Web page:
Georgia Supreme Court Rules on 2020 Election Ballots Case, Tells Lower Court to Reconsider

The Georgia Supreme Court on Tuesday ordered a lower court to reconsider a case involving the 2020 election.

In the case, Jeffords v. Fulton County, the plaintiffs say their votes were “diluted by the inclusion of allegedly unlawful ballots” in the election two years ago. They are seeking a review of 147,000 absentee ballots to determine whether they are illegitimate.

Superior Court Judge Brian Amero dismissed the lawsuit last year. Since then, it has snaked its way to the Georgia Supreme Court, which ruled that the case must be reconsidered because of a new precedent established by a completely different case, according to WXIA-TV in Atlanta.

The high court’s order explains that the new precedent comes from its ruling in Sons of Confederate Veterans v. Henry County Board of Commissioners in October.

In that ruling, the court determined that the plaintiff organization did not qualify as a “community stakeholder” and therefore its claims of injuries and damages had no standing, as reported by WXIA.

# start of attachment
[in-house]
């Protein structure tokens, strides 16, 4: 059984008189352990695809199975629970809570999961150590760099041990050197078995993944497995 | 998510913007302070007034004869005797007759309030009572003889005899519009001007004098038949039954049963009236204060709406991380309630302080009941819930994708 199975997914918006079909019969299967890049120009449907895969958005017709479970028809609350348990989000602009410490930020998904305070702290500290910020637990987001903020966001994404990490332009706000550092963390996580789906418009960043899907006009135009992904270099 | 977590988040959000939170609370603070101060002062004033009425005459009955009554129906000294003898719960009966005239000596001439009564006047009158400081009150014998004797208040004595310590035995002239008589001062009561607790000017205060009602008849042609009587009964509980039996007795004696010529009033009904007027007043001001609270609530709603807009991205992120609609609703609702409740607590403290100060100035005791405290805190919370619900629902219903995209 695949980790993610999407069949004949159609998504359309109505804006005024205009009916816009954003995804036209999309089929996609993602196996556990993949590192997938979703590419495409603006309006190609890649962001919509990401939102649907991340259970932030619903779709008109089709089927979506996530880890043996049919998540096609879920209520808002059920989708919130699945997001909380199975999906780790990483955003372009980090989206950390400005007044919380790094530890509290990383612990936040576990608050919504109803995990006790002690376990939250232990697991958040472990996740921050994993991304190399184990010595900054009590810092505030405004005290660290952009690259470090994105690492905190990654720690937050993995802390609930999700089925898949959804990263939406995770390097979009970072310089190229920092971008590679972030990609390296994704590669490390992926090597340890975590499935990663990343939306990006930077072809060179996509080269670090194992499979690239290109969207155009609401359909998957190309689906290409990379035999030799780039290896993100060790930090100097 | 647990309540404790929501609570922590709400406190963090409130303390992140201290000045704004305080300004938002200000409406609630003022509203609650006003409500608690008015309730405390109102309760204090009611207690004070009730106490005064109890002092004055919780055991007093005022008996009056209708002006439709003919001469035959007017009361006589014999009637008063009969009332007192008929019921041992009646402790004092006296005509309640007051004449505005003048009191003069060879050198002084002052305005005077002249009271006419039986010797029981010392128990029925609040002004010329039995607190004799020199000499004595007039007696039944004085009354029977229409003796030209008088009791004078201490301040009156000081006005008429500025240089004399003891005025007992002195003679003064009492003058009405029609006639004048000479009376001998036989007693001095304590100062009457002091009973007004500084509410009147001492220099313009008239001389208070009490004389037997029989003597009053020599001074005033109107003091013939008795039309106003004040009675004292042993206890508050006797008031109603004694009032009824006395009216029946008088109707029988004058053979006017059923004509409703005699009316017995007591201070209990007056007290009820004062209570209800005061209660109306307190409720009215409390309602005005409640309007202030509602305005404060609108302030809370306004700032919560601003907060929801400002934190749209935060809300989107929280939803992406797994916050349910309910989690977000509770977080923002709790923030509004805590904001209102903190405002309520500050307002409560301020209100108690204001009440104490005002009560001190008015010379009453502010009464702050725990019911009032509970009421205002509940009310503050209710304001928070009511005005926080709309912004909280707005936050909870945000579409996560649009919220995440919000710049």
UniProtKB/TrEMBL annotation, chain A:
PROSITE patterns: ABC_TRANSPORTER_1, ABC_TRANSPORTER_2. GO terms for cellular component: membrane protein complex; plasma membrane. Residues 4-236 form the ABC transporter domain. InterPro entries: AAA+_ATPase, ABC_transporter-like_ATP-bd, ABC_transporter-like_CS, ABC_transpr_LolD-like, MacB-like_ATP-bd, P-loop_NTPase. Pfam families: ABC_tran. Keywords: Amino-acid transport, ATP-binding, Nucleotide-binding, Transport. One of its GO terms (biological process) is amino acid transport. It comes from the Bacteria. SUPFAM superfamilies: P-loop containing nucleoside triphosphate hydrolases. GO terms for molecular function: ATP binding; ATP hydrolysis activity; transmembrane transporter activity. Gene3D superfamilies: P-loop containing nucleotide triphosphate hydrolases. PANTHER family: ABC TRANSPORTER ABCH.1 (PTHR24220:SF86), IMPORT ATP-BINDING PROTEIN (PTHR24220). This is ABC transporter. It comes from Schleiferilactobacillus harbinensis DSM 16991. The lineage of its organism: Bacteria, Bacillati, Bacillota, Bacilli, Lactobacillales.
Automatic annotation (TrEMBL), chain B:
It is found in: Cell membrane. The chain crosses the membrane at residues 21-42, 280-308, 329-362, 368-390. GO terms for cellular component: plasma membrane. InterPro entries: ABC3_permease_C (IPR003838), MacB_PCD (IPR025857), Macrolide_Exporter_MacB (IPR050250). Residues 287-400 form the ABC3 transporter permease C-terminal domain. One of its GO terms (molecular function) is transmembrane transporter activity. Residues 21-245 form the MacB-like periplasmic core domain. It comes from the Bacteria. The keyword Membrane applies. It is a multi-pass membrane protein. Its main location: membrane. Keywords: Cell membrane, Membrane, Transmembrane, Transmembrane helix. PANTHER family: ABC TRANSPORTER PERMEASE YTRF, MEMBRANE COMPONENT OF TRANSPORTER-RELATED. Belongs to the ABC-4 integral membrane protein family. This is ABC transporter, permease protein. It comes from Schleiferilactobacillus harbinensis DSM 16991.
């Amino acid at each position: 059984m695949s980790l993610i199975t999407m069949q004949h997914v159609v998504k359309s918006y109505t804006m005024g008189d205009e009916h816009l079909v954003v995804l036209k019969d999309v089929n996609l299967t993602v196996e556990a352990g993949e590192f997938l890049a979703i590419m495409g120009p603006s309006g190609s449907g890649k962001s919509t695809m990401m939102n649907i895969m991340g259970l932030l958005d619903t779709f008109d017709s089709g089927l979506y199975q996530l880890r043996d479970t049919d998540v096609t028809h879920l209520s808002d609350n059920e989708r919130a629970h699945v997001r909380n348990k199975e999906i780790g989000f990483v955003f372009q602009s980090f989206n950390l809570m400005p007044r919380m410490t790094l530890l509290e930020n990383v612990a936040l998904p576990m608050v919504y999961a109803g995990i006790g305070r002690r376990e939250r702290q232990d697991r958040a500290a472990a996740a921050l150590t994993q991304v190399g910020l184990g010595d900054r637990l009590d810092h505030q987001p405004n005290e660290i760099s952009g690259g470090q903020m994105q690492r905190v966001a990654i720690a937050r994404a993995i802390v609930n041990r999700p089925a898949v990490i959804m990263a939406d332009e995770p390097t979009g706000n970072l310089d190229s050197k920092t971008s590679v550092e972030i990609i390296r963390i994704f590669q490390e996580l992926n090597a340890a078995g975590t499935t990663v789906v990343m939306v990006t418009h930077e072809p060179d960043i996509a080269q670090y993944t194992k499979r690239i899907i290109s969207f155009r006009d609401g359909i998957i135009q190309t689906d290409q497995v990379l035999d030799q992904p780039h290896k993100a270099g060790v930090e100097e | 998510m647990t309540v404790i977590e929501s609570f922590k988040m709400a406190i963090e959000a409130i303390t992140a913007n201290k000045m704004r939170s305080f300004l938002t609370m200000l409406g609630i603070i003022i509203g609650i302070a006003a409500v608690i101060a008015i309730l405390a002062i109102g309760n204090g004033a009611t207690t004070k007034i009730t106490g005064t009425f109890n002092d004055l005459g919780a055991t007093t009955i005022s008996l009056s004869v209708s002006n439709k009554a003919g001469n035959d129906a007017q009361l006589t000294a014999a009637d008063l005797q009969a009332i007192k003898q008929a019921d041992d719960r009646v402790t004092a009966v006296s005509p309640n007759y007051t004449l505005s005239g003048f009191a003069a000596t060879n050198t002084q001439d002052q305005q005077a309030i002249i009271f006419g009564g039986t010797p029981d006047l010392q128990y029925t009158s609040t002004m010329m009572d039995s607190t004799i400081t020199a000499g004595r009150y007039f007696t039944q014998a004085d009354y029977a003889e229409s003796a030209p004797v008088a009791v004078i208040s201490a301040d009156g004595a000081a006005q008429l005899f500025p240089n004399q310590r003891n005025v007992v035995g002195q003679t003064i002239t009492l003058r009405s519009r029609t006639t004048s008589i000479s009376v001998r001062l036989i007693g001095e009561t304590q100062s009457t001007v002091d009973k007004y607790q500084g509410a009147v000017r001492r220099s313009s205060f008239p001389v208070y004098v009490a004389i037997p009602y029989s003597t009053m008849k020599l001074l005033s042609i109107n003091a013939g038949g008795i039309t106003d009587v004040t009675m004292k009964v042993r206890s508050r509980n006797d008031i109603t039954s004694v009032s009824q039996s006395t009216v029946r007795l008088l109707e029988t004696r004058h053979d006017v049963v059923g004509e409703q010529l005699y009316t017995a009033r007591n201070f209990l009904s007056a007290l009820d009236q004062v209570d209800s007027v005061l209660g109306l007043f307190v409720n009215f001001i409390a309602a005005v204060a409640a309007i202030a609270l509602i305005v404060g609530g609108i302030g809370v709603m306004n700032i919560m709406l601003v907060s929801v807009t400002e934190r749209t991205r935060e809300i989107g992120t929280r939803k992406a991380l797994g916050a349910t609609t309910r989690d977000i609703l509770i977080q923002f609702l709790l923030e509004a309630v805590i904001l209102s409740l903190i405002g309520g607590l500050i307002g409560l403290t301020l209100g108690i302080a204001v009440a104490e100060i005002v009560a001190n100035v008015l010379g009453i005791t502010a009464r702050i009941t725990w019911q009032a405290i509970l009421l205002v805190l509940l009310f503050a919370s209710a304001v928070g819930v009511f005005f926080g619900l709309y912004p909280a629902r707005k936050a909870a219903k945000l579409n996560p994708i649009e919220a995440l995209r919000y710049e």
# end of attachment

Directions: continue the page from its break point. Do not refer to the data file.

With that precedent, the high court has compelled the Court of Appeals to listen to the Fulton County case once again.

The county, Georgia’s most populous, has been ground zero for election fraud cases in the state since 2020.

Fulton helped flip the state blue that year, giving Georgia’s electoral votes to Democrat Joe Biden in his race against then-President Donald Trump.

Trump and his supporters have directed heavy criticism toward the way Fulton County conducted the election, and the county is the focus of an ongoing investigation by a special grand jury.

The Peach State has seen its fair share of election litigation and lawfare since 2020.

Both Democrats and Republicans have sought to score victories in the courtroom that may help them at the ballot box.

In the wake of this year’s midterm elections, more than 215 election suits have been filed by progressive organizations after most Democrats fell short at the state level, according to Politico.

The GOP has also been busy both before and after the midterms.

In the run-up to the U.S. Senate runoff earlier this month, the Georgia Supreme Court was again asked to make a ruling, this time regarding in-person early voting.

According to Axios, the state Republican Party filed suit in an attempt to halt early voting on the Saturday before the runoff.

It said the counties partaking in such voting processes were skewed toward Democrats, while most of the rest of the state halted in-person early voting so close to the election.

This disparity, the GOP argued, would be “eviscerating the statutorily-required uniformity among Georgia’s counties on that day,” creating an “unequal system.”

The high court did not agree and ruled against the plaintiffs.

While it is unclear whether anything will come out of the Fulton County suit upon reconsideration, it is clear Trump supporters aren’t ready to give up the fight.

This article appeared originally on The Western Journal.